With 80 percent of her city underwater and the power out, Hoboken, New Jersey Mayor Dawn Zimmer climbed the stairs to a senior apartment facility and found a woman, alone and in tears.
She’d been trapped in her home, unable to leave the building without elevator service, and she needed her medication. “They left us in the dark,” she said.
Superstorm Sandy in October 2012 gave Zimmer a new priority for her administration—preparing this New Jersey city of 50,000 across the Hudson River from Manhattan for the next disaster.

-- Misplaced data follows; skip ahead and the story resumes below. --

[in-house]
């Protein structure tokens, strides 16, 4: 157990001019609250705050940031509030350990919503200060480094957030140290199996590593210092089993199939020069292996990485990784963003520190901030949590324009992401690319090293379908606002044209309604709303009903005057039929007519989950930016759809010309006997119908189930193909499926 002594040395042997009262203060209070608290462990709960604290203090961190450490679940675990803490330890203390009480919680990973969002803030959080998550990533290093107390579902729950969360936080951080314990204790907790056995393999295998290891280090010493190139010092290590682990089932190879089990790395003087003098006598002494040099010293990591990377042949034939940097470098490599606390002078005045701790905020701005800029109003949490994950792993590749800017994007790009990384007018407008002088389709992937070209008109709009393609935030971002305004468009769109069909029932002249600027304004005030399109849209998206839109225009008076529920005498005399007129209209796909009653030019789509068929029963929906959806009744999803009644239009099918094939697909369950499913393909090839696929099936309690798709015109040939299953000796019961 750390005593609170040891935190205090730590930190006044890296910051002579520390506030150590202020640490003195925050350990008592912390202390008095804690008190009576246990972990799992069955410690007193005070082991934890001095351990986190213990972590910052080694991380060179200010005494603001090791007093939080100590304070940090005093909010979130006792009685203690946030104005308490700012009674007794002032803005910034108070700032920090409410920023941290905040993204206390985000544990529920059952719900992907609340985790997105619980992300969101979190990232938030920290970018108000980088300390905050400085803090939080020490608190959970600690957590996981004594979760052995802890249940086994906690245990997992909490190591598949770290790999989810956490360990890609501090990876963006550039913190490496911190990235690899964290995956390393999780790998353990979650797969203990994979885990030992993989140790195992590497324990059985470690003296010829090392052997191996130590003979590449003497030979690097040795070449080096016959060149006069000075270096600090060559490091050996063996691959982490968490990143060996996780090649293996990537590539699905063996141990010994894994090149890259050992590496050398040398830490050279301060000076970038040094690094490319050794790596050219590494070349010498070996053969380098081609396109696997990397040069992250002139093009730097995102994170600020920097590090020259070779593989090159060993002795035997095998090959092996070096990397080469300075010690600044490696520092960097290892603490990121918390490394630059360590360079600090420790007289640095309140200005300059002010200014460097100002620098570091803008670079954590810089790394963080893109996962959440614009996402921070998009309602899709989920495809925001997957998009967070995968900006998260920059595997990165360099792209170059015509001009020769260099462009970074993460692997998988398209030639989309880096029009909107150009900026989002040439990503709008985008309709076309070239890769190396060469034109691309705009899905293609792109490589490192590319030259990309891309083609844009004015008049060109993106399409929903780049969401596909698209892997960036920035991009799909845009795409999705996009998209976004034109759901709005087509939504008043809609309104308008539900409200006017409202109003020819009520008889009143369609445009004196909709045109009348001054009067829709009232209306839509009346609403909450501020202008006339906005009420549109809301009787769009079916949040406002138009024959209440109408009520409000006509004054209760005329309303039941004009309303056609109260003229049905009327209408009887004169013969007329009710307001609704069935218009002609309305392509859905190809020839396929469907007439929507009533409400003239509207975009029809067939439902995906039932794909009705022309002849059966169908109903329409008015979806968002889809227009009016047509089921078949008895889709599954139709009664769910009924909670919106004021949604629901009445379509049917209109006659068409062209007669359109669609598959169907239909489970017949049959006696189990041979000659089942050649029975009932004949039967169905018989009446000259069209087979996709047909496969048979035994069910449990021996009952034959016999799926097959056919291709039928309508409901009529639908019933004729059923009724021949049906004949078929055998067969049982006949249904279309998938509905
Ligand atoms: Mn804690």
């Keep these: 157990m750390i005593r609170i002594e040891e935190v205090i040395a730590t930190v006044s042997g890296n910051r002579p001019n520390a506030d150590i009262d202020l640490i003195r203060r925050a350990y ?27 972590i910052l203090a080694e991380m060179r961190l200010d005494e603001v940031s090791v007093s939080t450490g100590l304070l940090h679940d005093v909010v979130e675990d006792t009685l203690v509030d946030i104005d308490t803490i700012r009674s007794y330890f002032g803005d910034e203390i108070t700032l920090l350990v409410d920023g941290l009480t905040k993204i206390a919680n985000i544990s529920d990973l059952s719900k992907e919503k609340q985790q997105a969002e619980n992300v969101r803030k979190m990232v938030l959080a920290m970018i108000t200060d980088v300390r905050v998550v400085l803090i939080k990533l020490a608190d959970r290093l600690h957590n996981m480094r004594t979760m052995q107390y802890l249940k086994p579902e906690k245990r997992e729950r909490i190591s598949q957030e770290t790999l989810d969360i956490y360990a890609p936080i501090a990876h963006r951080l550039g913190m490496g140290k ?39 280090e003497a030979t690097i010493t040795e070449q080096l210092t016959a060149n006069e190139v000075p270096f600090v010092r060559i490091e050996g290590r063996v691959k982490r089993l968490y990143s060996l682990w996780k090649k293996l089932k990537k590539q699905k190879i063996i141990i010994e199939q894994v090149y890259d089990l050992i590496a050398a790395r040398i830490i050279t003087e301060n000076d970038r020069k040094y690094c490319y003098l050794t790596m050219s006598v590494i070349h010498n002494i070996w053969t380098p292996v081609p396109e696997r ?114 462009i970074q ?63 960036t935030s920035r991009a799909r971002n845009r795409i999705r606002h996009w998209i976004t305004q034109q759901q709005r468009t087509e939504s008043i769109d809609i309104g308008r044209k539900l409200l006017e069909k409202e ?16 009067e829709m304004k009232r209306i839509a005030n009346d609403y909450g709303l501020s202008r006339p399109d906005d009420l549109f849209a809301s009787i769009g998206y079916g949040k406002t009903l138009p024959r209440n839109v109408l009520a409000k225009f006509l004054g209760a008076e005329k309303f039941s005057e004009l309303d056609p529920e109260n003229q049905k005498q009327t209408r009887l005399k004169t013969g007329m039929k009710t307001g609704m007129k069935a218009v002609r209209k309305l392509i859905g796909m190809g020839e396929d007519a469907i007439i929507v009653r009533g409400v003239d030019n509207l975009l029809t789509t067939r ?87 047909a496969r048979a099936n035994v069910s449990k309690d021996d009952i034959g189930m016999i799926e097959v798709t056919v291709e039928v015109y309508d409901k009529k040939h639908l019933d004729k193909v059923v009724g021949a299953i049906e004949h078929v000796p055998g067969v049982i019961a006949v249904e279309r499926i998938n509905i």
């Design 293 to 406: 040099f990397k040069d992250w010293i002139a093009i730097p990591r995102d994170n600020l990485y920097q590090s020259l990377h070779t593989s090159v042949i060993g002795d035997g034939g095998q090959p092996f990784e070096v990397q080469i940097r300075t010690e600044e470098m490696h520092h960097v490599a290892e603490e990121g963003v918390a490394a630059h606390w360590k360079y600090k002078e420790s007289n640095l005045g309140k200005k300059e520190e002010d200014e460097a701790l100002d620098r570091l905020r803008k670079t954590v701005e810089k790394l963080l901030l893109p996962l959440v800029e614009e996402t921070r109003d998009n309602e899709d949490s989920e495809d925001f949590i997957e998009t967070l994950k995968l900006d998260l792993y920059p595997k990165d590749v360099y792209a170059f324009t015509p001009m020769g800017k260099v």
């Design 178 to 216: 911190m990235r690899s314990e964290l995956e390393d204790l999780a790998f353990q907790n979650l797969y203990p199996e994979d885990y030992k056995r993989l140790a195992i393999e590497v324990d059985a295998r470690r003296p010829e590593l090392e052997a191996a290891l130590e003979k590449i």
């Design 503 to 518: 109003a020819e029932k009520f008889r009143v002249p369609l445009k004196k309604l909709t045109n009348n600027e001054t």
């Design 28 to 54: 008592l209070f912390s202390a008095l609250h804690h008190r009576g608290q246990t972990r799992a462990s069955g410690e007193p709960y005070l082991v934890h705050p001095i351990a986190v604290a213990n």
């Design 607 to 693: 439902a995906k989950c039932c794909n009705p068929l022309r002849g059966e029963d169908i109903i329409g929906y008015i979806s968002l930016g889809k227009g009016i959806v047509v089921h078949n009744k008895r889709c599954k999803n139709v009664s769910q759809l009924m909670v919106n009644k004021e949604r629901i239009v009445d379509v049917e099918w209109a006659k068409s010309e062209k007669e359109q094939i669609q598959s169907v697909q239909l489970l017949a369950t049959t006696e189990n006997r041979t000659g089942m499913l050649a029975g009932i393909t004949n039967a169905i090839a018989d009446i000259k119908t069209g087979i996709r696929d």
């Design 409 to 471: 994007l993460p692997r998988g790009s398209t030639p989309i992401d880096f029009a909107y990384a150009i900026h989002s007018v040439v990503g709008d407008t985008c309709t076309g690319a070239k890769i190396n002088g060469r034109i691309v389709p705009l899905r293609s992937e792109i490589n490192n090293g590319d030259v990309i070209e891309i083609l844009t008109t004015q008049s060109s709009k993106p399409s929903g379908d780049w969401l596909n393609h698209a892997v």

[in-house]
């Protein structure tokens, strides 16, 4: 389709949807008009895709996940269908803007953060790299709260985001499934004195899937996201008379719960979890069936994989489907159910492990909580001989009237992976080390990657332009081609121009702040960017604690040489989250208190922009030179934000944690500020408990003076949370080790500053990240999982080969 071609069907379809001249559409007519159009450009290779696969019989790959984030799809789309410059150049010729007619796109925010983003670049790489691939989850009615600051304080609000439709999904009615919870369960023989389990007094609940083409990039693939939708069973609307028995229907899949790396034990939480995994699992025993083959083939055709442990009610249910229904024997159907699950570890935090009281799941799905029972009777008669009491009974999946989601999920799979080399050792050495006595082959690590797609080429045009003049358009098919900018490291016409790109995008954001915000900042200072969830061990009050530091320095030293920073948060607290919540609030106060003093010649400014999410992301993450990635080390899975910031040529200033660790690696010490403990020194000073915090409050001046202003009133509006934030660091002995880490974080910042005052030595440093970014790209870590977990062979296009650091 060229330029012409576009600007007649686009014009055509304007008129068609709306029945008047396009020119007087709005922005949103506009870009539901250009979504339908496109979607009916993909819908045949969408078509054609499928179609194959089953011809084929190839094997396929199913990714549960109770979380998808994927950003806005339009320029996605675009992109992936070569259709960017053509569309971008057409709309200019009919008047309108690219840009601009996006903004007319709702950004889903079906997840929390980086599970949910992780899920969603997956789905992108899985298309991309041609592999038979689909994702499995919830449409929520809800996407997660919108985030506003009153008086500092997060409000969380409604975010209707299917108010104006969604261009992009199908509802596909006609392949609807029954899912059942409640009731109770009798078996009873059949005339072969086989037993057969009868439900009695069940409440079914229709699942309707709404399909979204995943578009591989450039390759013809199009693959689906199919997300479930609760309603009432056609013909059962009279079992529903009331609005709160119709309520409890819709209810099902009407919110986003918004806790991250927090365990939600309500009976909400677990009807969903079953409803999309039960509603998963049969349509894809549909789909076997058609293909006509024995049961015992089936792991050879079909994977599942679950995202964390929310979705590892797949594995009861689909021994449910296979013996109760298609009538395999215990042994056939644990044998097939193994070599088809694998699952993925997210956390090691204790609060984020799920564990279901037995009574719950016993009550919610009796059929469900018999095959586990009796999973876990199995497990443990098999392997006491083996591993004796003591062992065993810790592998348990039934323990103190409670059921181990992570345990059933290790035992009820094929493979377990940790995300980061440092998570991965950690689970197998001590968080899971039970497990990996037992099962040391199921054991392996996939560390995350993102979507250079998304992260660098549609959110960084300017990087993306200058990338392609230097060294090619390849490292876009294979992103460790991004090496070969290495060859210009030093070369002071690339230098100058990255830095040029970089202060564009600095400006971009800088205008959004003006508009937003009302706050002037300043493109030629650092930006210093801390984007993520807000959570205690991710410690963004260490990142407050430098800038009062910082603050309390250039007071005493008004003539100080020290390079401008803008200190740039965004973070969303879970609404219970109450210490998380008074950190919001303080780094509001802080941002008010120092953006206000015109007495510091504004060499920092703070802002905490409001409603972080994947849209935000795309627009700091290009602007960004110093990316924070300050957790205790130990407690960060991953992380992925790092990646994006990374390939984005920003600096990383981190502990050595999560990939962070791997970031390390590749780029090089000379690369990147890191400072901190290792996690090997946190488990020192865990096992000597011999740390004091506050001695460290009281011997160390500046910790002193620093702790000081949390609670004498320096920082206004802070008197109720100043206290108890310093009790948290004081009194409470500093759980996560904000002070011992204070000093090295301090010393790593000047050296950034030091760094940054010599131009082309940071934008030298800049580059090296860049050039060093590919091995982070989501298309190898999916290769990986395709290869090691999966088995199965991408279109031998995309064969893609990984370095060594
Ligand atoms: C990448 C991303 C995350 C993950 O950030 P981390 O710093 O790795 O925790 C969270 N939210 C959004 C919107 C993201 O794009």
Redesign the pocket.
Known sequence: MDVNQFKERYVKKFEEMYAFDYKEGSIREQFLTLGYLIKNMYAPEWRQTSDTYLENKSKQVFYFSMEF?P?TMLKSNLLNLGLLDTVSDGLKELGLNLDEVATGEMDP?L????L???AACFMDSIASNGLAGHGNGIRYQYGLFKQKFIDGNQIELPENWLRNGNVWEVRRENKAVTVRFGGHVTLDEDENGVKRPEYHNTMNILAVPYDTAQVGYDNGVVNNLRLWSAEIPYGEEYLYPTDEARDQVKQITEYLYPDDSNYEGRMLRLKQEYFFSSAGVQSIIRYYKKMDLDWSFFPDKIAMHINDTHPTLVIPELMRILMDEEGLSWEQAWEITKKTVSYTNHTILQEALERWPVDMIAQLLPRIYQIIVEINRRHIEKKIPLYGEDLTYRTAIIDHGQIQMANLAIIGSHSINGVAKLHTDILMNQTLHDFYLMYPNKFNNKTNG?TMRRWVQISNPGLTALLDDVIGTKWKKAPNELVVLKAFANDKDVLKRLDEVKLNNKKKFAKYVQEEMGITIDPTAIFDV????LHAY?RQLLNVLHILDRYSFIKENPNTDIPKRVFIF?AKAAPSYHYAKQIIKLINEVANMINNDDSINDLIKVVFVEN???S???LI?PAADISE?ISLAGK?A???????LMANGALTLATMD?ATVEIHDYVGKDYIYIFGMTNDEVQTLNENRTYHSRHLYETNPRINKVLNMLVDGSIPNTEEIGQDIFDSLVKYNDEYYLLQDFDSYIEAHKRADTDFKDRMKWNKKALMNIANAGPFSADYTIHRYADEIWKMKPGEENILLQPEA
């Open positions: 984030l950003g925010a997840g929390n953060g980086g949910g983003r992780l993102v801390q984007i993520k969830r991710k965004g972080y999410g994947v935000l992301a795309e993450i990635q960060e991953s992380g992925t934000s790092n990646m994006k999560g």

Low-lying Hoboken all but submerged in Sandy’s wake: Flooding knocked out three power substations and left residents without electricity for more than two weeks.
With no means of charging cellphones, many of those who sheltered in place were essentially stranded and isolated.
What Hoboken needed, she decided, was backup—a way to keep the lights on and elevators working for a few essential facilities, not just police stations and hospitals but grocery stores, pharmacies, and senior housing complexes.
A microgrid, in other words: a self-sustaining power generation and distribution network that could kick in when the big grid goes down, keeping strategic parts of the city running after a blackout or weather-related catastrophe.
Photo of Hoboken flood by hobokennj.gov